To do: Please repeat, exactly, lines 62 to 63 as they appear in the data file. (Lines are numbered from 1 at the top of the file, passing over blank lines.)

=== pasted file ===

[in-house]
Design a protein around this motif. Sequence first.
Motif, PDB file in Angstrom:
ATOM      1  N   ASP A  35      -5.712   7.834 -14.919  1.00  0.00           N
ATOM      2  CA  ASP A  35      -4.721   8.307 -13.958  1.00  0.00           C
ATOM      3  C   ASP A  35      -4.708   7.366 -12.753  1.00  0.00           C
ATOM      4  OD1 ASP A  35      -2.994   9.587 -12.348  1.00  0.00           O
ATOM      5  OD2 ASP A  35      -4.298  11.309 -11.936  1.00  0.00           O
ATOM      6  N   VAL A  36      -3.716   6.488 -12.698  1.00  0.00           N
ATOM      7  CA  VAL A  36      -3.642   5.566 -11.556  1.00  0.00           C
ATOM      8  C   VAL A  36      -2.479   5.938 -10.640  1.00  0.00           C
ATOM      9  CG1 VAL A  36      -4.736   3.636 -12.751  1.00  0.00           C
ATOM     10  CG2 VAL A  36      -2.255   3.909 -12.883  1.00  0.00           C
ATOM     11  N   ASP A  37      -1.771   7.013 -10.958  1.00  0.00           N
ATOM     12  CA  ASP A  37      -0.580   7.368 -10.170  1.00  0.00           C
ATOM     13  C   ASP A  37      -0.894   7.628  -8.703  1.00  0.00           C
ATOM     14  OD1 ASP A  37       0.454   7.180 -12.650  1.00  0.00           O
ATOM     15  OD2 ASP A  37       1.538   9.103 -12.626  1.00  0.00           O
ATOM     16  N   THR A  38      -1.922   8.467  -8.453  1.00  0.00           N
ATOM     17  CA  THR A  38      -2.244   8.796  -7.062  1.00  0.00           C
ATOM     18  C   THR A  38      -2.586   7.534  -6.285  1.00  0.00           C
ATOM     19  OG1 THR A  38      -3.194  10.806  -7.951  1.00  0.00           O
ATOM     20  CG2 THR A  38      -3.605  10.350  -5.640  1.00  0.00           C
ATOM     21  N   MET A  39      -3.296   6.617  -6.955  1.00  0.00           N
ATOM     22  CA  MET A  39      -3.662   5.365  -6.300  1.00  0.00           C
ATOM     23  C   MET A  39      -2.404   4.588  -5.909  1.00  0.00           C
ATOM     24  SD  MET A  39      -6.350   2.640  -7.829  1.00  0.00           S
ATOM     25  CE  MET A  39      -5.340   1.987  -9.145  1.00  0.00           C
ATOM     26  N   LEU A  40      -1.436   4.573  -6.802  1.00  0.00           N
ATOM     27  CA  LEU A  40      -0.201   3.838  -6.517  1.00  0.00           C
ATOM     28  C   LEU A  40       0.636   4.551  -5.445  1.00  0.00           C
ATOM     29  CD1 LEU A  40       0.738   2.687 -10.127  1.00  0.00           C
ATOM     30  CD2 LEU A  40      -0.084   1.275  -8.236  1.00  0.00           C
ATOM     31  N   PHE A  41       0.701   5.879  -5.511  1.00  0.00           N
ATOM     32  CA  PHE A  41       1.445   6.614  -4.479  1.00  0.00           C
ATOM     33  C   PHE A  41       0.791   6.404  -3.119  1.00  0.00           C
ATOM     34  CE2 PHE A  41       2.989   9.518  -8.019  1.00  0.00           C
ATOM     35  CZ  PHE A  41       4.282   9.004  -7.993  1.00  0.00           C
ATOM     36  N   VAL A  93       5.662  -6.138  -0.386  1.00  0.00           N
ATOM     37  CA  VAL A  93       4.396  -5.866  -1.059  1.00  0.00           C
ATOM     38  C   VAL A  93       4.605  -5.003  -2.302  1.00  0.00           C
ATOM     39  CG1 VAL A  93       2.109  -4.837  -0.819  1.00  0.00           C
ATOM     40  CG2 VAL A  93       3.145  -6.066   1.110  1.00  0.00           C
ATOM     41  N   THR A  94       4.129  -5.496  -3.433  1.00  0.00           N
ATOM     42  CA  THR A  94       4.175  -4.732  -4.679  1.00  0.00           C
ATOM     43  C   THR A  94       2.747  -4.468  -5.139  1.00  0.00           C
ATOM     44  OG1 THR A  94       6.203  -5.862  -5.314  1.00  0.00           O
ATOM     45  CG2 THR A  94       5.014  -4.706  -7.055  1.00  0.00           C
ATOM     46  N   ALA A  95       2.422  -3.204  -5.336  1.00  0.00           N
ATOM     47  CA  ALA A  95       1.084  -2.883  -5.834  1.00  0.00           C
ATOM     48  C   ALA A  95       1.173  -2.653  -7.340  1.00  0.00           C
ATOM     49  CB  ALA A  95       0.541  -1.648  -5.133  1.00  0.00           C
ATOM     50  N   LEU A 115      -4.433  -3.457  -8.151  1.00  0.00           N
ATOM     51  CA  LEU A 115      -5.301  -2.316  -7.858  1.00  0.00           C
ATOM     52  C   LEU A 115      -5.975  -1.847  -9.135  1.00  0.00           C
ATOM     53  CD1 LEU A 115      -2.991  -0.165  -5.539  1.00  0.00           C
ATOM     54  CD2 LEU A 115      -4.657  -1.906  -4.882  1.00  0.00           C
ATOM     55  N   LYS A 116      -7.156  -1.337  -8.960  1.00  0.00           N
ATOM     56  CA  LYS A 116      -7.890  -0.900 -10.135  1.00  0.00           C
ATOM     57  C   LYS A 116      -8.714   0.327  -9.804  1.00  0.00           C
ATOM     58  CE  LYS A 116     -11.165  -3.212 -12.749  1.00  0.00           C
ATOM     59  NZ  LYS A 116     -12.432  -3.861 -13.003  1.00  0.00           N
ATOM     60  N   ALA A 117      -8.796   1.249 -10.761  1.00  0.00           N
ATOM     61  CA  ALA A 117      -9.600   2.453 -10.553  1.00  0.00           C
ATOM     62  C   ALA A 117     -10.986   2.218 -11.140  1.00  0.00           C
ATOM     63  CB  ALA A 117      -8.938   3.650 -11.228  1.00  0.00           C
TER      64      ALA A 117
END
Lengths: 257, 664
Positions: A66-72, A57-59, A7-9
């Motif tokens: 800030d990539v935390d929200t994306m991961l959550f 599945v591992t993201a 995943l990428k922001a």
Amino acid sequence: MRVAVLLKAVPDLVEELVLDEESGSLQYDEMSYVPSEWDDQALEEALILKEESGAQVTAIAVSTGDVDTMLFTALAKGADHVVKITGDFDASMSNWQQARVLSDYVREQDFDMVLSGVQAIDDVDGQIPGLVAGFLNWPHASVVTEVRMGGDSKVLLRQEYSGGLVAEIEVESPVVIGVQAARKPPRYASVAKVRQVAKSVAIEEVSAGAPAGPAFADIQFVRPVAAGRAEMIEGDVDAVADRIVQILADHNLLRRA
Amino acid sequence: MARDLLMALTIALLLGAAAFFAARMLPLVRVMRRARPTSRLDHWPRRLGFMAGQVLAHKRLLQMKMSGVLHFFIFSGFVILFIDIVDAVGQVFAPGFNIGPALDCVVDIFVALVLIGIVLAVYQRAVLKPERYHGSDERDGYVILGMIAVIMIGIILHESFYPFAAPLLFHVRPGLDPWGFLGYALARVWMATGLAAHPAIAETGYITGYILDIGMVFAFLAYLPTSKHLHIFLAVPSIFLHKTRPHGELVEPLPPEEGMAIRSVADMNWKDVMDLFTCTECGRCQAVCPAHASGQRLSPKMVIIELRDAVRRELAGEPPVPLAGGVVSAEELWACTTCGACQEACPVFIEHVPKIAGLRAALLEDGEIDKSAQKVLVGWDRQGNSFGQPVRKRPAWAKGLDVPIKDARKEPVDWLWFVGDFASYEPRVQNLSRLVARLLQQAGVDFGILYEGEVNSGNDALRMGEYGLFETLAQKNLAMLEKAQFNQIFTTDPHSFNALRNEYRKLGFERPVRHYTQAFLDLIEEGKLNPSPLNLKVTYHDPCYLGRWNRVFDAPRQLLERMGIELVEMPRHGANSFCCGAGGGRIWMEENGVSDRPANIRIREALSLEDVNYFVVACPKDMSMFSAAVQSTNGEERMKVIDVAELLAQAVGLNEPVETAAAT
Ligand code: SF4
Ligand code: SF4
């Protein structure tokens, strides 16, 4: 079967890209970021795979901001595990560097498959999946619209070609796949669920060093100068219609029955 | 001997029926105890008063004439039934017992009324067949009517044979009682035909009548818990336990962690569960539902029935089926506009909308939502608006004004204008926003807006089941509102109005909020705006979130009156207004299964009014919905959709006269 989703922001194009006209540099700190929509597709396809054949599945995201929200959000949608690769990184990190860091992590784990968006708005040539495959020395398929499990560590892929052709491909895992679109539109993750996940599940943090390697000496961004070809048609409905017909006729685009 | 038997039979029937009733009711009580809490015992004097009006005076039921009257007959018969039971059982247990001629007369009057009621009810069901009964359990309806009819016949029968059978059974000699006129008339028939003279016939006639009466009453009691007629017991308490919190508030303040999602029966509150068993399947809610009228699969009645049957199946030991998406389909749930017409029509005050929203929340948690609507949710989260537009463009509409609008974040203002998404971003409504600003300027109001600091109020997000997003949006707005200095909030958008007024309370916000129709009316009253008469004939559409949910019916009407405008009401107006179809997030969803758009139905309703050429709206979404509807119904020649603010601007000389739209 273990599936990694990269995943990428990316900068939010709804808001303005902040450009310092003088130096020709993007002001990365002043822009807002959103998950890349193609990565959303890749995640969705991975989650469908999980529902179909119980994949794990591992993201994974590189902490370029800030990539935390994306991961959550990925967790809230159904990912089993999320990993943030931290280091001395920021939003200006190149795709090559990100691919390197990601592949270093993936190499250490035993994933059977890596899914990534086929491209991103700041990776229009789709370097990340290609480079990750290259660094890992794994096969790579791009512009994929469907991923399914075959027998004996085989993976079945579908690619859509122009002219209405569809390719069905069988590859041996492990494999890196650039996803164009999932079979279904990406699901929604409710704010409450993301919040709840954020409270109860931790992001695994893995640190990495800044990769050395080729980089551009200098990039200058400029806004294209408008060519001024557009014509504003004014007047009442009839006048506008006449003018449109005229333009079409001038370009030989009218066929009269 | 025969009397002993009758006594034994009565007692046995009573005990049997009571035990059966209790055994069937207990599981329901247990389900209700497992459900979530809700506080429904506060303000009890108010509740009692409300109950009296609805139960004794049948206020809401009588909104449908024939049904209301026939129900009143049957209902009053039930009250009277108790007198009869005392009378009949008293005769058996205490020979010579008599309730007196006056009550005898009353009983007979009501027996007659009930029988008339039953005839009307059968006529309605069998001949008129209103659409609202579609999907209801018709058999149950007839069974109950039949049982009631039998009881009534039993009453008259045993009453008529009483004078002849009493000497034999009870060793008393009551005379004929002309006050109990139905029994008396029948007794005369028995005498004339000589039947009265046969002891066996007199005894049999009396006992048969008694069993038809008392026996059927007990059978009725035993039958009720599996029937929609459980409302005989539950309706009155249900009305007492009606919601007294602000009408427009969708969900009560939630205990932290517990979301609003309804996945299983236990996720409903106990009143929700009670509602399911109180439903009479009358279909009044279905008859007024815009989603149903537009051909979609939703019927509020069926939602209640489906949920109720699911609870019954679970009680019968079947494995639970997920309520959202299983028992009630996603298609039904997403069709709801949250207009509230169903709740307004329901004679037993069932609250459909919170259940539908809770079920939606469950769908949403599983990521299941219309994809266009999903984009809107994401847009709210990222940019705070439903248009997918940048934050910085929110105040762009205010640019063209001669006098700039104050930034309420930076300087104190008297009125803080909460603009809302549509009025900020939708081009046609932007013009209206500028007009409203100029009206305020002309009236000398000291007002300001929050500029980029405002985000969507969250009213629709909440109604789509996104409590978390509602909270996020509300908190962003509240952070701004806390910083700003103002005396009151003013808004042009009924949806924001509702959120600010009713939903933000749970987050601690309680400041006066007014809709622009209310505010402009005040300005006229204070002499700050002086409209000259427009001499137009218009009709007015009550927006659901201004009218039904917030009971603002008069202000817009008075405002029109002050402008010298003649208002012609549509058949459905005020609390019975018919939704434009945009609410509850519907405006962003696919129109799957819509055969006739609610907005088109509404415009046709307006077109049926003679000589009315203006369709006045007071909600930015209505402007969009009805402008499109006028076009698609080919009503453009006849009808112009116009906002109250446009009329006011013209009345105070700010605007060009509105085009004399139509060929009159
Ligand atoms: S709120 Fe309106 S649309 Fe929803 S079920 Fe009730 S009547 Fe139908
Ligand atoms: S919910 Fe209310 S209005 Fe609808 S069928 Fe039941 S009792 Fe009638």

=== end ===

ATOM     59  NZ  LYS A 116     -12.432  -3.861 -13.003  1.00  0.00           N
ATOM     60  N   ALA A 117      -8.796   1.249 -10.761  1.00  0.00           N